There are lots of ways to live healthier. Eat better. Spend more time outdoors. Get a little more active (maybe hit the gym?). One that’s less obvious is to surround yourself with plants indoors. Through their breathing process, plants add oxygen to our spaces. But there’s another benefit: as they breathe, plants also pull indoor pollution from the air.
We tend to spend most of our time indoors—in homes and offices—so indoor air quality is important. And it’s often overlooked. The more energy-efficient your building, the greater the risk of harmful volatile organic compounds (VOCs) accumulating. The EPA reports that indoors, the level of pollutants has been found to be up to five times higher than outdoor air. Luckily, plants can help with this.
Scientific research shows that everyday houseplants can remove common VOCs. Acetone, benzene, formaldehyde, toluene, and xylene are a few you're likely to find in your home. They're released by many of the things we surround ourselves with: furniture, paint, carpet, upholstery, cleaning products, and even cosmetics (like nail polish remover). Exposure to high levels of these VOCs can cause irritation of the eyes, nose, and throat; frequent headaches; nausea; and even cancer.
Here are some of our favorite easy-care houseplants that remove pollution from our indoor air:
Most tropical houseplants are grown for their foliage. (The varieties with showy flowers have trouble blooming in the average home.) Not so for anthurium! It produces heart-shaped flowers in shades of red, purple, pink, white, and orange. It flowers best in bright light, but tolerates medium-light spots as well. A happy anthurium can bloom on and off all year long. When grown in a warm spot with good relative humidity, each bloom can last for months!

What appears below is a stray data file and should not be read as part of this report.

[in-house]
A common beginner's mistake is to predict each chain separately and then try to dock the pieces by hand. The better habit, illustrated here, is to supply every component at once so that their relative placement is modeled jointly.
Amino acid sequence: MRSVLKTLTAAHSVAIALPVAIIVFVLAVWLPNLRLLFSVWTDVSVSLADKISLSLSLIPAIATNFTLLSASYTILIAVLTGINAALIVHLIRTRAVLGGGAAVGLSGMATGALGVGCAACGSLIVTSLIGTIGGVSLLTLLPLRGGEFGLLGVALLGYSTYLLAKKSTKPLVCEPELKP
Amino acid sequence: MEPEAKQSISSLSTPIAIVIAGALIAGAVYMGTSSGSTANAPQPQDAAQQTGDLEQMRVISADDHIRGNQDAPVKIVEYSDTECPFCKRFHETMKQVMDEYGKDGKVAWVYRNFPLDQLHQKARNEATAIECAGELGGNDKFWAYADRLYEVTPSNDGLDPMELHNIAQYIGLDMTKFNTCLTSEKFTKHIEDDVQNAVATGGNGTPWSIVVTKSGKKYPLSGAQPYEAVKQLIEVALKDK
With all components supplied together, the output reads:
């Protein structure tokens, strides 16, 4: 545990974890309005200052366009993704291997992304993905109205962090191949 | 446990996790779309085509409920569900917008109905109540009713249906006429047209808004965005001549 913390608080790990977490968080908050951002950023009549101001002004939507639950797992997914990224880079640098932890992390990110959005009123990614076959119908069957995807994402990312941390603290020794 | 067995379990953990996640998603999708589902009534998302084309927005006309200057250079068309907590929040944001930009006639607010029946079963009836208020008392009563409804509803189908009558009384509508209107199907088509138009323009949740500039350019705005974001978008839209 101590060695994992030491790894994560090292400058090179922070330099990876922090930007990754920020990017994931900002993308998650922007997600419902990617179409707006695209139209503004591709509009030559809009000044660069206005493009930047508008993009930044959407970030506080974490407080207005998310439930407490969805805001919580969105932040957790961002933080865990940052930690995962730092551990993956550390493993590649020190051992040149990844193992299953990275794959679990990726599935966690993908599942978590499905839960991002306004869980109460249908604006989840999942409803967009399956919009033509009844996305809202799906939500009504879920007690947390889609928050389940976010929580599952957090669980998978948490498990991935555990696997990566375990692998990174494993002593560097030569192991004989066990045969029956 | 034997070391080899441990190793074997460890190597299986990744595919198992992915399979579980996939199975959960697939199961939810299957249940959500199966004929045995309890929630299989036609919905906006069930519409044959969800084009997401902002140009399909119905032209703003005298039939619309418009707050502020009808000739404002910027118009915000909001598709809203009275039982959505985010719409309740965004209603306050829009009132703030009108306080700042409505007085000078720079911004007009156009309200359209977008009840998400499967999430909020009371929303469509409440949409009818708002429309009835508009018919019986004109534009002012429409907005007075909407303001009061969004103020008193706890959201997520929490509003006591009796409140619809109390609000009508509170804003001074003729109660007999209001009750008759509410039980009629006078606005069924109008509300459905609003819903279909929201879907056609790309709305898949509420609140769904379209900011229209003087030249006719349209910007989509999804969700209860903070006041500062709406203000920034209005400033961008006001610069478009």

This tropical beauty produces strappy leaves and showy white, pink, red, orange, and yellow blooms. It thrives in medium to bright light and needs to be watered once the top inch or so of the potting soil has dried. Note: Most guzmania bromeliads are sold in bloom. After the flower fades, it goes brown. The mother plant then starts to decline—but is replaced by baby plants (called pups) at the base. These pups grow up and take the mother plant’s place, producing their own blooms.
Peace Lily (Spathiphyllum)
This tried-and-true houseplant has been enjoyed by generations. What a testament to how easy it is to grow! It has lustrous, dark green leaves and elegant white flowers. Peace lily tolerates low light, but doesn’t bloom in these conditions. It loves medium and bright spots where it flowers best. Keep it from drying out; it wilts quickly, but bounces back just as fast when it’s watered again. This is the fastest-growing plant on our top-five list. This makes it especially efficient at purifying the air.
Snake Plant (Sansevieria)
Perhaps the easiest of all indoor plants to grow, snake plant is a champ at removing VOCs. Its deep green leaves are stiff and upright. That's where some of its other common names, sword lily and mother-in-law’s tongue, come from. Snake plant is wonderfully architectural and perfect for any design style. It tolerates low, medium, or bright light. Water this houseplant regularly or completely forget it for a couple of weeks. It won't bat an eye.
Spider Plant (Chlorophytum)
One of the easiest houseplants to grow, spider plant is delightfully textural and grows in low, medium, or bright light. It has thick, fleshy tuberous roots, so it can survive a couple of weeks without watering if it needs to, but does best when watered as the top inch or two of its soil dries out.